By: Sharon Franklin
Children play near an oil refinery in Los Angeles, California. Photo Credit: Etienne Laurent / EPA
Dr. Jake M. Robinson PhD Researcher, Department of Landscape, University of Sheffiel, South Yorkshire, England recently published an article in The Conversation entitled “How Racism and Classism Affect Natural Ecosystems”.
In the article, Dr. Robinson cited a recent publication in Science Magazine by Christopher J. Schell of the University of Washington, Seattle, Washington, “The Ecological and Evolutionary Consequences of Systemic Racism In Urban Environments” , which reports the conscious and unconscious systemic biases and stereotypes contribute to shaping institutional policies that drive and exacerbate racist and classist structures in urban systems (e.g., law enforcement, residential segregation, and gentrification).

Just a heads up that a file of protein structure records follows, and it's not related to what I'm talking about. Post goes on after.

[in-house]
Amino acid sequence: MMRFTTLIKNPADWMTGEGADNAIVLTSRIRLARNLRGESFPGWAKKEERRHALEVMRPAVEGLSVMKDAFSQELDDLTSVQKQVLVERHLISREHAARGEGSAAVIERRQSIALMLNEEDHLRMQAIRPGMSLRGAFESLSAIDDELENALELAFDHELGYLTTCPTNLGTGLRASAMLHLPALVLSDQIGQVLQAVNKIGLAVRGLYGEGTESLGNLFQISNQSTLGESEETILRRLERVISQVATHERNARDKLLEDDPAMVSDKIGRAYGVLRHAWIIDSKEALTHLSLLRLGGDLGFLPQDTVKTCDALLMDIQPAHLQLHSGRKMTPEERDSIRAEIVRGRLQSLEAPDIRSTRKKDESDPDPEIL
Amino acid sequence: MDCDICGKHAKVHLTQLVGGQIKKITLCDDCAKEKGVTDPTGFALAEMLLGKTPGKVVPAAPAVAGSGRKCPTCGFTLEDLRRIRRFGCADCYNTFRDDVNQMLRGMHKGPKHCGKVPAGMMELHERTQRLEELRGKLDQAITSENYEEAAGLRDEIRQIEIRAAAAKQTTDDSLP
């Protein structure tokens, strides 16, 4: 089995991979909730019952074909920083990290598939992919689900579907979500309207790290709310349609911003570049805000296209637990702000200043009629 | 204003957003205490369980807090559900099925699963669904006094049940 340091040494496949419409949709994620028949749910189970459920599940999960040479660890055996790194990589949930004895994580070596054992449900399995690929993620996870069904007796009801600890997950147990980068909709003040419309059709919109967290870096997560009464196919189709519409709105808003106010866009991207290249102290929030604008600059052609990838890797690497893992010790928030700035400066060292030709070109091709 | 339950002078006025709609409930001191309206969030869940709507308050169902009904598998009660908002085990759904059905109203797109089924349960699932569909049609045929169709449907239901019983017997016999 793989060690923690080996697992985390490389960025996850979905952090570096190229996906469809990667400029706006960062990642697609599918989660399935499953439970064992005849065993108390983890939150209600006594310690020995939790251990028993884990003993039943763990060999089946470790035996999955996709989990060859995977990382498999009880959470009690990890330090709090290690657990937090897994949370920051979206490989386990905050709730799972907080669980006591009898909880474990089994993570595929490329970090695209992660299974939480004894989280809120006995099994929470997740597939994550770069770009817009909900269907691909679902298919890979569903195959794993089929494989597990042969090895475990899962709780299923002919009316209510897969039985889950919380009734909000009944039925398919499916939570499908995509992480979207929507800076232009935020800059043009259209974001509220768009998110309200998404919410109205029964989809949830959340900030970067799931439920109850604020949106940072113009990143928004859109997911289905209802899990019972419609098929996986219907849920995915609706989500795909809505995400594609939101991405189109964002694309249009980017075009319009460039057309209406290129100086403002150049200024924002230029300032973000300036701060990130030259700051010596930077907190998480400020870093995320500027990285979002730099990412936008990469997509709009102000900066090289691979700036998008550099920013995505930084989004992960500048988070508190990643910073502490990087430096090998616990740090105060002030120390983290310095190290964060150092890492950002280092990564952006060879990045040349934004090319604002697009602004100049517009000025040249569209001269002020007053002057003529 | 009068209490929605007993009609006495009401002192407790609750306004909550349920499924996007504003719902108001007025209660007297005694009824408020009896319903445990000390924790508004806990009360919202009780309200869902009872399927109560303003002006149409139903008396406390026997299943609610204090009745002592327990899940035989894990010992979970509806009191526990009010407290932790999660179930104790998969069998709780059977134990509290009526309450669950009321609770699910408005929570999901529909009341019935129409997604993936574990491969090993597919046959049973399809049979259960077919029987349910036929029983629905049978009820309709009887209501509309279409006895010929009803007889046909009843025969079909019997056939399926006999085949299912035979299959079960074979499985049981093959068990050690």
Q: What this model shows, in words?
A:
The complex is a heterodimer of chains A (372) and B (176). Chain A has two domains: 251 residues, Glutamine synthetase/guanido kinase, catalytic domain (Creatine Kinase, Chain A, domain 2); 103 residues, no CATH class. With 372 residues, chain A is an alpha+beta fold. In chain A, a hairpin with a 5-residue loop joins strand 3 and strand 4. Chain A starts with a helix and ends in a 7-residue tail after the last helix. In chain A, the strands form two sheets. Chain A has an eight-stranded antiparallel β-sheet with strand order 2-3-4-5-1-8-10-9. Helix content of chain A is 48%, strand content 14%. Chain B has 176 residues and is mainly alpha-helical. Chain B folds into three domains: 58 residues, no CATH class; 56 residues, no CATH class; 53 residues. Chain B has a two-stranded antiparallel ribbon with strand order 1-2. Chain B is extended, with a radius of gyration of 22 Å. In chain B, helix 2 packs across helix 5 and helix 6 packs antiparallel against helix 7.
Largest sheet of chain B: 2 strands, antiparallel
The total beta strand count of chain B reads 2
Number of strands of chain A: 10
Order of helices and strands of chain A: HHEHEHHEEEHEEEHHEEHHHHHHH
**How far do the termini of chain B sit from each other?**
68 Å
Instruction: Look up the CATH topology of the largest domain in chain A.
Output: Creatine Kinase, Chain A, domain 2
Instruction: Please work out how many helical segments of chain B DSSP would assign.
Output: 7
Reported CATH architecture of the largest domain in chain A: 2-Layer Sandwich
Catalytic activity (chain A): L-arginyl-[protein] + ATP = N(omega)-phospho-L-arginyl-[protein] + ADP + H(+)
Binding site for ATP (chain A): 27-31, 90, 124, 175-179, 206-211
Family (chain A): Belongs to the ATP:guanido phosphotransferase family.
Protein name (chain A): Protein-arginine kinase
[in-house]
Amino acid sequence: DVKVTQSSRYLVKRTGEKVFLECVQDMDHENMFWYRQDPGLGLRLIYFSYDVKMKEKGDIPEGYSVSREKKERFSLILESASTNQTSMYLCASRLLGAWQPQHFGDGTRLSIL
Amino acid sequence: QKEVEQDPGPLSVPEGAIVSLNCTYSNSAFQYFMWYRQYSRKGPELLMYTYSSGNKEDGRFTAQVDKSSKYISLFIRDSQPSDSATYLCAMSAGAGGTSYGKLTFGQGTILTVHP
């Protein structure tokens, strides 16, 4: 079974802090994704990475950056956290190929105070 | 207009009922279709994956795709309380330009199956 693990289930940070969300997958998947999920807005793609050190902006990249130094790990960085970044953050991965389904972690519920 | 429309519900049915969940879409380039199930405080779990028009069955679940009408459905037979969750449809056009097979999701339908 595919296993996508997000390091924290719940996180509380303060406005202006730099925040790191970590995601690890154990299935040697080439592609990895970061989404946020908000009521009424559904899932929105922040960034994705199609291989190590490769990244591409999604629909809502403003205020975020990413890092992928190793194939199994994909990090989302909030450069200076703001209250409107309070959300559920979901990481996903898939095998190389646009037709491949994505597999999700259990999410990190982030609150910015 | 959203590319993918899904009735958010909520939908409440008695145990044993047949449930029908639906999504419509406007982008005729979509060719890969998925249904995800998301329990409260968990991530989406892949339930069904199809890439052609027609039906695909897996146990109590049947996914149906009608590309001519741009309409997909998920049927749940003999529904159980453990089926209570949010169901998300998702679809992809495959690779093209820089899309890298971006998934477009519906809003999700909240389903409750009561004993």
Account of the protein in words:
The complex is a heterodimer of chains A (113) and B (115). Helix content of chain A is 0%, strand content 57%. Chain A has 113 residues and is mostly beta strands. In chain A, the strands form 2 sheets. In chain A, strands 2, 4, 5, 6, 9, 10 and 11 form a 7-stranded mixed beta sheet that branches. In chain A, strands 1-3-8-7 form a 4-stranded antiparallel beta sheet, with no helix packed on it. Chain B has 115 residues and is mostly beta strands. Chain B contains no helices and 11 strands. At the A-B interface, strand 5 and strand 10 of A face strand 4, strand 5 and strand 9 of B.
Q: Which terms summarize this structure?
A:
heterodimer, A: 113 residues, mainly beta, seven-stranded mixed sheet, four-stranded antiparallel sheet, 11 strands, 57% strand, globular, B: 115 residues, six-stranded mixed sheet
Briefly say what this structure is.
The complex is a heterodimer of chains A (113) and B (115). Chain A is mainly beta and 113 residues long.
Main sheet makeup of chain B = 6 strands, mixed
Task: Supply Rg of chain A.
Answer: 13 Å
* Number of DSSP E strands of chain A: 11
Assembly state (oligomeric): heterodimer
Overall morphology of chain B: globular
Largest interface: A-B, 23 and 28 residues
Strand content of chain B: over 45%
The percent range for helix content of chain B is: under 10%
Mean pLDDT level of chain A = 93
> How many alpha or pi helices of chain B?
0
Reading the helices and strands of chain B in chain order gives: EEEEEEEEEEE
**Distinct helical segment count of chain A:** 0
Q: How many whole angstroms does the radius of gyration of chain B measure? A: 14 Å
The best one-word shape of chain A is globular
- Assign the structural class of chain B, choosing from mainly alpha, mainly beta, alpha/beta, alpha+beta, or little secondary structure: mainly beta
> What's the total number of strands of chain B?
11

Dr. Schell explained the urban ecosystems are made up of lots of complex interactions that is evident in many cities around the world, where environmental injustice has been dictated by structural racism such as racial segregation in US cities. He further states that urban social inequality stems from historical and contemporary power imbalances, producing effects that are often intersectional, involving race, economic class, gender, language, sexuality, nationality, ability, religion, and age. These types of social inequalities risk the cultivation of future stewards of our planet, or the next generation of biodiversity protectors. Dr. Schell concludes that because of these kinds of factors “The decisions we make now will dictate our environmental reality for centuries to come.” “Two timely examples include the Green New Deal proposal and Paris climate agreement.”